Can a Marital Debt Affect Alimony Payments?

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When you get married, you often end up accumulating debt together. When you get a divorce, any of those remaining debts need to be dealt with. A divorce agreement might also require one spouse to make alimony payments to the other spouse. Do your marital debts and alimony payment arrangements affect each other? Usually, these two issues do not really intersect. If you are unsure about how these things will be dealt with, an experienced Tazewell County alimony lawyer can be your guide.

Will Our Marital Debt Affect Alimony Payments?

Your marital debt is unlikely to affect how your alimony payments are calculated. In most situations, these are two different issues to the court. Your marital debt needs to be split up among both spouses, as if it were an asset. An alimony arrangement is reached based on the needs of one spouse and how much the other can pay to support them during the divorce and after. So how much debt you hold as a couple or separately is unlikely to factor in when your alimony agreement is reached.

How is Marital Debt Dealt With?

As we mentioned, marital debt is split up just like your marital assets are. So, in a divorce, one person can get the car, the house, or another high-value item. One person can also get a chunk of the debt, and they would be responsible for paying that off.

Marital debt is spread out in an “equitable” fashion, not an even one. That means that there is not a perfect 50/50 distribution of property. Instead, the needs and financial situation of each spouse must be evaluated.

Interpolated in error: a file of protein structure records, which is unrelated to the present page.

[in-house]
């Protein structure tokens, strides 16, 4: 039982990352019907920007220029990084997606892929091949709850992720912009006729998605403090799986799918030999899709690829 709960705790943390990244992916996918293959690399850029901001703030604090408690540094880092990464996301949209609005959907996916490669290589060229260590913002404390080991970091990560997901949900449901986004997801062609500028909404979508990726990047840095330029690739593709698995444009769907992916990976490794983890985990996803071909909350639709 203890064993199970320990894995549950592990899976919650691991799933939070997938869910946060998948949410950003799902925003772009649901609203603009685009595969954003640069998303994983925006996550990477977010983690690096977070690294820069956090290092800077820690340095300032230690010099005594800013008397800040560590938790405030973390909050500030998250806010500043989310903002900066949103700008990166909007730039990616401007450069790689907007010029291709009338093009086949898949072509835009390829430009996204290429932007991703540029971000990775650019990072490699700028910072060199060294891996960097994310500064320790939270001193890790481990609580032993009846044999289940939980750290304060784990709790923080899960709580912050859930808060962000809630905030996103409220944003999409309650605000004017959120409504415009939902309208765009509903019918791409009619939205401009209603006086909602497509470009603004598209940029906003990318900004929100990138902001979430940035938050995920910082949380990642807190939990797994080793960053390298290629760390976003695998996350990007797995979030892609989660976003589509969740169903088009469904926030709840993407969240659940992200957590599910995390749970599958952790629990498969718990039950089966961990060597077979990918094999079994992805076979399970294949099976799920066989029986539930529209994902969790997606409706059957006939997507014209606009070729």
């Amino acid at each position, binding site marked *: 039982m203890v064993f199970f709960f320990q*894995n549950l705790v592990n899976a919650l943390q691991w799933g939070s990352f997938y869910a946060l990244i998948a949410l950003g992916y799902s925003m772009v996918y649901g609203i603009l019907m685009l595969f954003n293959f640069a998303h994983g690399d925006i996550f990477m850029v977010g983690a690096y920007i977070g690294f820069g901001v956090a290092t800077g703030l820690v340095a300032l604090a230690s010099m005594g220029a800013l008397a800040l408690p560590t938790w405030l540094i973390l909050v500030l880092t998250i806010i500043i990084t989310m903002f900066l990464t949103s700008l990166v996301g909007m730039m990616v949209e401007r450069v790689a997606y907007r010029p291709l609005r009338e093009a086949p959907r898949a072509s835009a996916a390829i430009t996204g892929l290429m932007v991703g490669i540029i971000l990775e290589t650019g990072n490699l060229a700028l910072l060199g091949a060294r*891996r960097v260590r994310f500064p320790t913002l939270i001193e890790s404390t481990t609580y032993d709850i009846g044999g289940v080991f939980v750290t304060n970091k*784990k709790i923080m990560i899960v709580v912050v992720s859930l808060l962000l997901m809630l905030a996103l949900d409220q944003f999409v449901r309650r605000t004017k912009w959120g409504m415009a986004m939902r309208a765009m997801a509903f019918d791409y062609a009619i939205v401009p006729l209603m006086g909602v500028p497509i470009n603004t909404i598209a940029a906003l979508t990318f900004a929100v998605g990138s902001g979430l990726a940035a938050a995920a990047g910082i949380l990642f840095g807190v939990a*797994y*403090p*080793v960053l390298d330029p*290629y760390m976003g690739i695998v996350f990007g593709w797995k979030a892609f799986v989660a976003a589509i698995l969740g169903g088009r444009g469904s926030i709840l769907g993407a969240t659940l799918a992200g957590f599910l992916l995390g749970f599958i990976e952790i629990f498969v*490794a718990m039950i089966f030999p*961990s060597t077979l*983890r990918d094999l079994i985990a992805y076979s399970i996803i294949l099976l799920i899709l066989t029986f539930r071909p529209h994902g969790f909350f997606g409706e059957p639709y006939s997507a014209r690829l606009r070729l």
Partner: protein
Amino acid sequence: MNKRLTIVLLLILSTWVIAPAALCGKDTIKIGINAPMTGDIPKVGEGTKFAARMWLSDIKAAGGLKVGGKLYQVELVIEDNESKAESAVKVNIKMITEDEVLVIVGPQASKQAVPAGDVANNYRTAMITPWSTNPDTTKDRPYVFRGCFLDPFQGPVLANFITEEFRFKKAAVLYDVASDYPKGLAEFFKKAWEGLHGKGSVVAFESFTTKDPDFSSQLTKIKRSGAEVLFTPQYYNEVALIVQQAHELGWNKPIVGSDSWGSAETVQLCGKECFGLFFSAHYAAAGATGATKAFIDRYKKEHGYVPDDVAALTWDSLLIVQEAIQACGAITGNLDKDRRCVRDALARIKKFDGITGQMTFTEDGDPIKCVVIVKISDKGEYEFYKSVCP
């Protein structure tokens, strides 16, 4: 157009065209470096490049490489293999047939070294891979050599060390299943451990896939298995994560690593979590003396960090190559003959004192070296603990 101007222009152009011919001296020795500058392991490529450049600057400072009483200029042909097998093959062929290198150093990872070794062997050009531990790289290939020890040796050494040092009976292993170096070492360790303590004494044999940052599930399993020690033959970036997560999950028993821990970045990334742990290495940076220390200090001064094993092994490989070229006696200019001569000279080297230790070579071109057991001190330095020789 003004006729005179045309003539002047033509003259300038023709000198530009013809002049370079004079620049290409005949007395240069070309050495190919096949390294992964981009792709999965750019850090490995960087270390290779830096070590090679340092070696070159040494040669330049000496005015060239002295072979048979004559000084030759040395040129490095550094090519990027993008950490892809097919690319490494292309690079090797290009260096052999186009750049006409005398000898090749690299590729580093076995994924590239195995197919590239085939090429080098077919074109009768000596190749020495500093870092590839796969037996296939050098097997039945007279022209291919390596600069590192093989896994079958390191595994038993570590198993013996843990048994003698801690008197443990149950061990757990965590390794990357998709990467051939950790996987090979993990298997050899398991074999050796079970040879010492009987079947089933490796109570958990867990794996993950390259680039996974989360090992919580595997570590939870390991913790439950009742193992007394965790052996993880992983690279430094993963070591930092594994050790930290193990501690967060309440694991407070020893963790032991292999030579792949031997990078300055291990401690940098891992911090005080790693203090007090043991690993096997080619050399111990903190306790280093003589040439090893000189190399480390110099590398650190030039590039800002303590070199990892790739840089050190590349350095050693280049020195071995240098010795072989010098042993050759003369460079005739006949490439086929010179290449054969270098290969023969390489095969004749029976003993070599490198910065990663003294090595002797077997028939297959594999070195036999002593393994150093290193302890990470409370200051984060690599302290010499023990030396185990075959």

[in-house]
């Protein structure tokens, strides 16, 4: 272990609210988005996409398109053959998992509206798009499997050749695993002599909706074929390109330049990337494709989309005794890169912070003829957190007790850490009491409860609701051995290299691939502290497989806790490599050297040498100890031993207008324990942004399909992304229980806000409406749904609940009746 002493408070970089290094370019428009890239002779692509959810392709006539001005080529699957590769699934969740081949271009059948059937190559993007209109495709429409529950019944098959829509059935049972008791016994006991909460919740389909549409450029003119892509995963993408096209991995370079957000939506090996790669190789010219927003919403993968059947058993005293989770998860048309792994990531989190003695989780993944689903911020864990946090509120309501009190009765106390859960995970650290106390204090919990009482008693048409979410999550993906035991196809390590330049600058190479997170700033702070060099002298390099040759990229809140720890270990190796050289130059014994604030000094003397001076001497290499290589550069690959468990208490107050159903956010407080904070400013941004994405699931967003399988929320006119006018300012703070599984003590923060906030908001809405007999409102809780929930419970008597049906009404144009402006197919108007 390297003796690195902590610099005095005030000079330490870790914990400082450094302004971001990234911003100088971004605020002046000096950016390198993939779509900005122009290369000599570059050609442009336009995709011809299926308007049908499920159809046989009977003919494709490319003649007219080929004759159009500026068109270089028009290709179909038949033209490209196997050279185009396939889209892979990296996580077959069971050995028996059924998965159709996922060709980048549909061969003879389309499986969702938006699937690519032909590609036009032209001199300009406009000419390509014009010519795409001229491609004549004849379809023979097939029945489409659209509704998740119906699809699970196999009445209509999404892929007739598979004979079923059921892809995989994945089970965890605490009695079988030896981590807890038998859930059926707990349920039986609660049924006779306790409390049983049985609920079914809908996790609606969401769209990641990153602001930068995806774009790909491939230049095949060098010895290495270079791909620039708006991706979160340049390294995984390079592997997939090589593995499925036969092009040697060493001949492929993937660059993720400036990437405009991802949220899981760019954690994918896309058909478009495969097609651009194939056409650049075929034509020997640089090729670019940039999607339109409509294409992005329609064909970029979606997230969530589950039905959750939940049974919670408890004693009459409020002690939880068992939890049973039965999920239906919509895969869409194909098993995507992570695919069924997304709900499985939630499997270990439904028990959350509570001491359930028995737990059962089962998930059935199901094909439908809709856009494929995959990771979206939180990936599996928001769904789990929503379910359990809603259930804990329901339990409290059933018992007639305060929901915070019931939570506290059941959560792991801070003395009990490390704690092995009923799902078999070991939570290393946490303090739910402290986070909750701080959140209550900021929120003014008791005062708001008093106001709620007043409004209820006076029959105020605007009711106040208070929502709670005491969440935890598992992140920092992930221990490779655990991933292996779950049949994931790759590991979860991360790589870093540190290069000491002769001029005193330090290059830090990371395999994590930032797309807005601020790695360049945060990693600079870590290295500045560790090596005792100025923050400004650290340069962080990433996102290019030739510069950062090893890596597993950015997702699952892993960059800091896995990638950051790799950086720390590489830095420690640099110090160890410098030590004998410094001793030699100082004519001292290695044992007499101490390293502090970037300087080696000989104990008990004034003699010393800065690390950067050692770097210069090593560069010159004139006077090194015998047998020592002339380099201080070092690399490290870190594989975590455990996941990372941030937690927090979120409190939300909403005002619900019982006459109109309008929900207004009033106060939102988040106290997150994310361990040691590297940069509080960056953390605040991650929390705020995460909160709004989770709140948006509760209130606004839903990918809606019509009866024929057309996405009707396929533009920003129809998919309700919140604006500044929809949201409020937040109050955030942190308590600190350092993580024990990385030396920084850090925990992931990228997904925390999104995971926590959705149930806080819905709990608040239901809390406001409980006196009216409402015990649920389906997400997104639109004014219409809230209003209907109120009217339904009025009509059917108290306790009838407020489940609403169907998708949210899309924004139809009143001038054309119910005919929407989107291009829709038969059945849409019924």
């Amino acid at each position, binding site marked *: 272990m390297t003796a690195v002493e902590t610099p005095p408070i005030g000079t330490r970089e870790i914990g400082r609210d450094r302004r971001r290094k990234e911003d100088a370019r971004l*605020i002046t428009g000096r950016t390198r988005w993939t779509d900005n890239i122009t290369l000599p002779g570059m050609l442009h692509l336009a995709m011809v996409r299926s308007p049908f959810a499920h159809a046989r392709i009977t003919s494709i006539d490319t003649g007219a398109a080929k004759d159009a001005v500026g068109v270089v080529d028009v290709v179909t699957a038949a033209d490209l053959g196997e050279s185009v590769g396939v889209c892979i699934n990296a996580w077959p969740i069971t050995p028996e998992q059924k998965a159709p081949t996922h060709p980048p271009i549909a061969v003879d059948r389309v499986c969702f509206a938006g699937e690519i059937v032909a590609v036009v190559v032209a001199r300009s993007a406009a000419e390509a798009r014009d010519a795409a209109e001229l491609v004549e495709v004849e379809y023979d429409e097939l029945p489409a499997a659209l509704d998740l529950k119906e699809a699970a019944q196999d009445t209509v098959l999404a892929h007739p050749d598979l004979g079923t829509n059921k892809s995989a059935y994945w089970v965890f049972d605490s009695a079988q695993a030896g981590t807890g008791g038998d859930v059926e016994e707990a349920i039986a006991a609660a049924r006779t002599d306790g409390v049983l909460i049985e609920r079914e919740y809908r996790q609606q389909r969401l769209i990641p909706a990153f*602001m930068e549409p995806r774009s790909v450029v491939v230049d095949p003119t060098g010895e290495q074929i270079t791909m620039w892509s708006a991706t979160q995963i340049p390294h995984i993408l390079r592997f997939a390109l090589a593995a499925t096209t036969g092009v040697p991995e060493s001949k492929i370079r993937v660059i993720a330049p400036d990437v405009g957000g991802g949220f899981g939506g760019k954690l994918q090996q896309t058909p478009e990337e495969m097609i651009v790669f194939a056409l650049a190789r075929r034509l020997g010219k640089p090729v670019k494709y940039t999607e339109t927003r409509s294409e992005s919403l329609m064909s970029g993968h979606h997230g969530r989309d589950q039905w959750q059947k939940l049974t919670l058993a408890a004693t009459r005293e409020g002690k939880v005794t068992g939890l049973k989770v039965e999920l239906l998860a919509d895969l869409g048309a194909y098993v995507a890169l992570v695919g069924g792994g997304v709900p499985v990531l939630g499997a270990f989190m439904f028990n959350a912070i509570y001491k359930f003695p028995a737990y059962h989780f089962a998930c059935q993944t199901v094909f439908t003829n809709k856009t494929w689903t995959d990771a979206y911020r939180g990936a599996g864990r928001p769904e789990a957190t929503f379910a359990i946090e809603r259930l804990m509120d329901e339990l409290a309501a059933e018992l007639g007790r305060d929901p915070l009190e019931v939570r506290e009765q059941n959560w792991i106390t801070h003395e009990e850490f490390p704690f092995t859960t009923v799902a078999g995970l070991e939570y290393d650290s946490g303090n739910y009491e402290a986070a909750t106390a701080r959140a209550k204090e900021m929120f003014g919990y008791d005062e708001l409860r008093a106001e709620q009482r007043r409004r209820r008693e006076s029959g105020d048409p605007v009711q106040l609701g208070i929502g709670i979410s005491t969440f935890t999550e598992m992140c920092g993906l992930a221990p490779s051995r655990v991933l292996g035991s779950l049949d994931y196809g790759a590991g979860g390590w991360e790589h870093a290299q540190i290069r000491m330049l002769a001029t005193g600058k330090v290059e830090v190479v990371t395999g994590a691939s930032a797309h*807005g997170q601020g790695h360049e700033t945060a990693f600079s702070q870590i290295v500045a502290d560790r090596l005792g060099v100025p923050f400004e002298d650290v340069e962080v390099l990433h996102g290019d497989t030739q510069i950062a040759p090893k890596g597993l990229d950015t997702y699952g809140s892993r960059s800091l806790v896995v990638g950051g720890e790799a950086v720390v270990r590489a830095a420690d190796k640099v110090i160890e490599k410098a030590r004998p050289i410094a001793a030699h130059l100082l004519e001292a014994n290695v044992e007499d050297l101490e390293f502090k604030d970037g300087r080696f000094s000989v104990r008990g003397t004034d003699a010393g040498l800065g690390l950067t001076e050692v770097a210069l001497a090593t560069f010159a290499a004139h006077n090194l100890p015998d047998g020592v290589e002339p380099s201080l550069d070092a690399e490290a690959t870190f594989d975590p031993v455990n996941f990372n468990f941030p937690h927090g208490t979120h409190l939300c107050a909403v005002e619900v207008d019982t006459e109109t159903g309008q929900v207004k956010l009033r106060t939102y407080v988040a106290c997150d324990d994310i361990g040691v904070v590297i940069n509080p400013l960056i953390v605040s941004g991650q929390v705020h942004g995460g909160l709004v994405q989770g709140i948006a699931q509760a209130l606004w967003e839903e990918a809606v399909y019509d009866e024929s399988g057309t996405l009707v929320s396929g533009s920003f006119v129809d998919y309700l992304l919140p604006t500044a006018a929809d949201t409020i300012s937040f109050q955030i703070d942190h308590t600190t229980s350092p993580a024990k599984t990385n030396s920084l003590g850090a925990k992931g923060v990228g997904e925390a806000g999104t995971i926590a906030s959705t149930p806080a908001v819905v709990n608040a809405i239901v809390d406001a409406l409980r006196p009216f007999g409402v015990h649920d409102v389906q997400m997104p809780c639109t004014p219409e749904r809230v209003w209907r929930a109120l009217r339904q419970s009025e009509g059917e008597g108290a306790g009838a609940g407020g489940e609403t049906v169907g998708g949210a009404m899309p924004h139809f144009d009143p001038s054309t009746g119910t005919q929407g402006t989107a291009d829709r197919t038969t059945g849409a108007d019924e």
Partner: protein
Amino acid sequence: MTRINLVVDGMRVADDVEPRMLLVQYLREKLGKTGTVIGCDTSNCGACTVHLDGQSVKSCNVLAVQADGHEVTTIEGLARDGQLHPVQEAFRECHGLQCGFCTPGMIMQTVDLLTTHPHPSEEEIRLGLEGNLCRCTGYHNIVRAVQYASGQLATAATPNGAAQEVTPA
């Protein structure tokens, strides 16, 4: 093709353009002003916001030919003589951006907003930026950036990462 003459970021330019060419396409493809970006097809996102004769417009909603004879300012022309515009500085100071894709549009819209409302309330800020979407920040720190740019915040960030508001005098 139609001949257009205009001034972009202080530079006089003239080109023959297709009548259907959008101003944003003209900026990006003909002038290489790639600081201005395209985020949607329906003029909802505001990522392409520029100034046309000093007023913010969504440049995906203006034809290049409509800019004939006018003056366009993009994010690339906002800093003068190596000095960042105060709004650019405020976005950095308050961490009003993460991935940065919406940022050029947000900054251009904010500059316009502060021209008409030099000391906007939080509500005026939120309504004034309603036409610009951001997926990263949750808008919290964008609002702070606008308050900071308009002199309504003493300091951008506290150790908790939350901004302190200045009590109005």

What Determines Alimony Payments?

When alimony payments are calculated, the court looks at a number of different factors to figure out who would need alimony, how long they might need it, and even what they should put that money towards. The court might consider:

  • The length of the marriage
  • The standard of living established during the marriage
  • The education and earning potential of both spouses
  • The salaries of both spouses
  • The age and health of each spouse

These are going to be far more important when alimony is being worked out. The court also has to decide what kind of alimony should be awarded. One spouse could get short-term alimony that helps them along during the divorce process. They could also receive long-term spousal support after the marriage ends. This can last for a fixed amount of time or indefinitely, meaning that there would need to be a significant change in the finances or lifestyle of the receiving spouse in order to adjust the agreement.

Talk to a Divorce Lawyer

If you are getting a divorce, you need a seasoned lawyer by your side, someone who is ready to help you fight for the best possible outcome. So contact Butler, Giraudo & Meister, P.C. and schedule a consultation with our team. We would love to tell you more about how we can help you.

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